The mobile health market is set to generate revenues of nearly $21.5 billion in 2018, according to new data from BCC Research.
The projection implies revenues will grow at a compound annual rate of 54.9% between now and the end of the forecast period.
The market-research company says Europe will be the fastest-growing market, with revenues increasing at a compound annual rate of 61.6% between now and 2018.
Mobile health specialist Valencell has teamed up with software player 3Pillar Global to develop what they say will be a new consumer-facing application that helps customers make sense of biometric information generated by Valencell’s PerformTek sensor technology.
CardioComm Solutions says it is due to launch out a Windows 7-compatible version of its GEMSTM remote patient monitoring technology.
The update will become available in June, according to a statement from CardioComm (Victoria, Canada), and is being carried out in anticipation that Microsoft (Seattle, WA, USA) will stop providing support for Windows XP in April.
GEMSTM is a remote-monitoring service for patients with heart conditions, and used by healthcare providers globally.
Welltok has acquired mobile health app developer Mindbloom in a move aimed at expanding its capabilities in the fast-developing telehealth sector.
The terms of the transaction were not disclosed by Welltok (Denver, CO, USA), which describes itself as a “pioneer in health optimization”.
The company did, however, indicate that it plans bolster its own CafeWell Health Optimization Platform through the Mindbloom (Seattle, WA, USA) takeover, providing customers with access to a range of health programs, content and applications.
Mobile operator Orange Cameroon is set to launch what it describes as a “preventive medical service” in collaboration with the country’s Ministry for Health.
The operator – a subsidiary of France’s telecoms incumbent Orange (Paris) – says the My Healthline service has been developed by its Orange Healthcare division and will provide remote medical advice in real time.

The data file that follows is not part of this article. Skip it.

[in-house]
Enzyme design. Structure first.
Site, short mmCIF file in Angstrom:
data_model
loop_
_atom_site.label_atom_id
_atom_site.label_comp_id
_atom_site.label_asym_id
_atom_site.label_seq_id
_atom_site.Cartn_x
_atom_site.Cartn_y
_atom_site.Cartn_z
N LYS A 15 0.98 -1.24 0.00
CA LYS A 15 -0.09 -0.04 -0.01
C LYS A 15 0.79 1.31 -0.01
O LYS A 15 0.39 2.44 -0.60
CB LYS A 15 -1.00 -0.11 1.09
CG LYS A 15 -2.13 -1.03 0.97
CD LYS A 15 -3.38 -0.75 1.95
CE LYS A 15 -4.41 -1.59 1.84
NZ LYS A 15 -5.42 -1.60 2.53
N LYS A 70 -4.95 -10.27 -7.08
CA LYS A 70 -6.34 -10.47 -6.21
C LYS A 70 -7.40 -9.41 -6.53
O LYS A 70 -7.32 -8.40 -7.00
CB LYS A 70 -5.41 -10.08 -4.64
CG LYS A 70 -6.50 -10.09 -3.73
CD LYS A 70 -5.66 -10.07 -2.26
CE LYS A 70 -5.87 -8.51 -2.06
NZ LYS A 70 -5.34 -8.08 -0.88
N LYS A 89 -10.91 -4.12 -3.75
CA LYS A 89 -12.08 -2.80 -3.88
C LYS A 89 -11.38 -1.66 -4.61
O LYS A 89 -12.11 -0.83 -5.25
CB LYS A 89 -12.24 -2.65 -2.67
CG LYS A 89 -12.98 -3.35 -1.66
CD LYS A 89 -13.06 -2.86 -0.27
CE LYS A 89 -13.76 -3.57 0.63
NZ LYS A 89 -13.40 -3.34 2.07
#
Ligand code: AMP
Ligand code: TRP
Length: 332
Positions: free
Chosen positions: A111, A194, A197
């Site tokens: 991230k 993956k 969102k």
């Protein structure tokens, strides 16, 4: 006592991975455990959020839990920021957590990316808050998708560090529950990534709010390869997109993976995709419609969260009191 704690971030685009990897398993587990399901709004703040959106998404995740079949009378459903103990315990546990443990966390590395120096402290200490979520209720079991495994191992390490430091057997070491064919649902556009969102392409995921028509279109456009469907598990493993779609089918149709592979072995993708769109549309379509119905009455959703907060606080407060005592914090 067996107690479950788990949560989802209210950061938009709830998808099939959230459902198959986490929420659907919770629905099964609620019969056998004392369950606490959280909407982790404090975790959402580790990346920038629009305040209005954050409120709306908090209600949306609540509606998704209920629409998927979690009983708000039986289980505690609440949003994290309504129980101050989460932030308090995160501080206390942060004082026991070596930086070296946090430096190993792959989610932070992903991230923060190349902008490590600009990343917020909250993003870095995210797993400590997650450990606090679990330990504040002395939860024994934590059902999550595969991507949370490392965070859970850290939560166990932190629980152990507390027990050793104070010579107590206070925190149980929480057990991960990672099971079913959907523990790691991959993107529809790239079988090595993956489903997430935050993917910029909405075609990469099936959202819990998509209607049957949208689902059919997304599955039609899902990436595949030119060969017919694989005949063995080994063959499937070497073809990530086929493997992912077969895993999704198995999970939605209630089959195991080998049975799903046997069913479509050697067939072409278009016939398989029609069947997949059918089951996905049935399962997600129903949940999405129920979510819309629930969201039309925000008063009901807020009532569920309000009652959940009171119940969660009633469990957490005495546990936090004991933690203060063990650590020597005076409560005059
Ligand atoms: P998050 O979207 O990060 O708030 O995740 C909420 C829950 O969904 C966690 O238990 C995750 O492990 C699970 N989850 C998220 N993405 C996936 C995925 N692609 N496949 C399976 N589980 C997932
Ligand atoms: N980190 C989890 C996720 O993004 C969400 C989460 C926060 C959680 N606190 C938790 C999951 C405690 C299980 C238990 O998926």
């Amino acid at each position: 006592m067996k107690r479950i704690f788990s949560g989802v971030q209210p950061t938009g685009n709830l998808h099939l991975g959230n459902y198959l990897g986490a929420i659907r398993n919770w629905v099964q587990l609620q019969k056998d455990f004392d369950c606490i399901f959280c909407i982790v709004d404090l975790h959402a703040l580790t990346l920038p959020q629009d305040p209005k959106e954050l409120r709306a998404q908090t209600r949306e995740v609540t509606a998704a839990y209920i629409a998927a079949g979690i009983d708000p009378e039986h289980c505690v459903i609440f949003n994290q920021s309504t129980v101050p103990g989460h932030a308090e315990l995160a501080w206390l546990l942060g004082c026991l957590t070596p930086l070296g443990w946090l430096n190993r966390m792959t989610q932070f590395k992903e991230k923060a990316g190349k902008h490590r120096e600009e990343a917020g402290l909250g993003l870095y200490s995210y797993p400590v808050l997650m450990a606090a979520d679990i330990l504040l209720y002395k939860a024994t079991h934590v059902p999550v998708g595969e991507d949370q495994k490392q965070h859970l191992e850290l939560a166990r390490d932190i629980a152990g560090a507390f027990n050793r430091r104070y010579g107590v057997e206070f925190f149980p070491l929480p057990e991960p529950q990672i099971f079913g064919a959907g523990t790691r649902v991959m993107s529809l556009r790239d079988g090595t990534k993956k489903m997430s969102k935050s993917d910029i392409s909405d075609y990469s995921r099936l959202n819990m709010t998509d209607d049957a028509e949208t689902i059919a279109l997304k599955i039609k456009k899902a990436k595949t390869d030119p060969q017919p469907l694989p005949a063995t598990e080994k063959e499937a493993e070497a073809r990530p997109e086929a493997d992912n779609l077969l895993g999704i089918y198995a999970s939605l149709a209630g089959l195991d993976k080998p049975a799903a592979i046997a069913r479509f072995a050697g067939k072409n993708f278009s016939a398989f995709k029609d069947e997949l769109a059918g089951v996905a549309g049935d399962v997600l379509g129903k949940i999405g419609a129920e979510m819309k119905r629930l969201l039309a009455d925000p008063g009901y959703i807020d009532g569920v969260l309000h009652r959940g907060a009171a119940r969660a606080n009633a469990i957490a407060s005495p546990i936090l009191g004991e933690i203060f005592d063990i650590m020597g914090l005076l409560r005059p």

It is due to be released in April, and the operator plans to expand it to other sub-Saharan markets in Africa in future.
Healthcare IT player IMS Health is expecting to price its initial public offering at between $18 and $21 a share, which would value the company at $6.97 billion, according to a report from Reuters.
The company, backed by TPG Capital Management (Fort Worth, TX, USA), is hoping to raise as much as $1.36 billion from the sale of 65 million shares.
According to Reuters, IMS (Parsippany-Troy Hills, NJ, USA), will sell some 52 million shares during the offering, with the remainder being put up for sale by shareholders.
Fitness bands and mobile health gadgets were rated as two of the three most popular types of wearable device in a recent survey conducted by Nielsen.
Some 61% of respondents chose fitness bands when asked about their wearable-device preferences, with 17% picking mobile health devices.
Meanwhile, 45% of respondents opted for smart watches.
Most fitness band owners (57%) said the ability to self-monitor was a major factor in their decision to purchase the technology, along with concern about their health.
A group of telehealth and scientific experts has come together to form a new telehealth company calling itself the TeleHealth International Partnership (TIP).
The TIP (Atlanta, GA, USA) says its mission will be to deliver worldwide access to healthcare through the innovative use of technology, including telemedicine and health information exchange.
Voice-controlled smartwatches that track heart rates and connect to phones and tablets will debut later this year as Google Inc partners with electronics, technology and fashion companies to take consumers to the next promised frontier in computing.
Google (Mountain View, CA, USA) on Tuesday unveiled plans to help develop the watches and other wearable computers based on its Android mobile operating system, which already runs more than three out of four smartphones sold worldwide.
Apple appears to be planning an assault on the fast-growing market for health and fitness tracking, with reports that it is readying an application called Healthbook for launch with iOS 8, the next version of its mobile operating system.
The introduction of Healthbook by Apple (Cupertino, CA, USA) could shake up the entire market for remote health monitoring and deal a blow to smaller companies that have been targeting this opportunity.
Historically, network infrastructure is the most expensive component in a mobile operator's overall CAPEX, which holds true in China, the biggest and fastest growing 4G market in the world. This report provides an in-depth overview of market revenue, equipment shipments, and the competitive landscape for carriers. Buy now